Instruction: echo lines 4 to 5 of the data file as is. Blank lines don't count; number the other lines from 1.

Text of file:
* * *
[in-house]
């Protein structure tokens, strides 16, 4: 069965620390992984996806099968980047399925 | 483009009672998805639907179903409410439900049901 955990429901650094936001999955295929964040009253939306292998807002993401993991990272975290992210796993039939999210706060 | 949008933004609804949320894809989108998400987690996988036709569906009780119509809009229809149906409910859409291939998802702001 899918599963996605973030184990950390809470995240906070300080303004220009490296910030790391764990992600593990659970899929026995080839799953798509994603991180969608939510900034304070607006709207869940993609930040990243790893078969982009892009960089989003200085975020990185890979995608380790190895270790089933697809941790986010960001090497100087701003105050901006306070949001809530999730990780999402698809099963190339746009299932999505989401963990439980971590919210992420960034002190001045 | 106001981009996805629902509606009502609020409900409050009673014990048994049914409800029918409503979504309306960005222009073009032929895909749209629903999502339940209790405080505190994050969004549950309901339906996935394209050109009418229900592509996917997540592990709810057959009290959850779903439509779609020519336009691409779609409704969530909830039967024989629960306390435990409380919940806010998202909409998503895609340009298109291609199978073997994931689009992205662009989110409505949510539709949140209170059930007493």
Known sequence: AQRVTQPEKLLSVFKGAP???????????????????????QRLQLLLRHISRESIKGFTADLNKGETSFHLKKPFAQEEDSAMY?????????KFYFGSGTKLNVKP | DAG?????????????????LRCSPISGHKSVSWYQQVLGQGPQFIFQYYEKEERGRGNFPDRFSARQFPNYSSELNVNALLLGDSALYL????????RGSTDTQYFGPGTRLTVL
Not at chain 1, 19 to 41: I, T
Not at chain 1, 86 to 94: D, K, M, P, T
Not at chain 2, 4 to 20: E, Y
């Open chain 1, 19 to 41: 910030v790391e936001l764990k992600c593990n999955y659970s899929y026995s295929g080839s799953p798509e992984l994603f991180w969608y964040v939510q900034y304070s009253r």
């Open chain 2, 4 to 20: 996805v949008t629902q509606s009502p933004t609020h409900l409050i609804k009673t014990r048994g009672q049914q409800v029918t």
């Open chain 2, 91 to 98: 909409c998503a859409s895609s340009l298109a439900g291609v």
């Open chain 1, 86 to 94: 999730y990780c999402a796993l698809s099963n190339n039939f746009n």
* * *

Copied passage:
Not at chain 1, 19 to 41: I, T
Not at chain 1, 86 to 94: D, K, M, P, T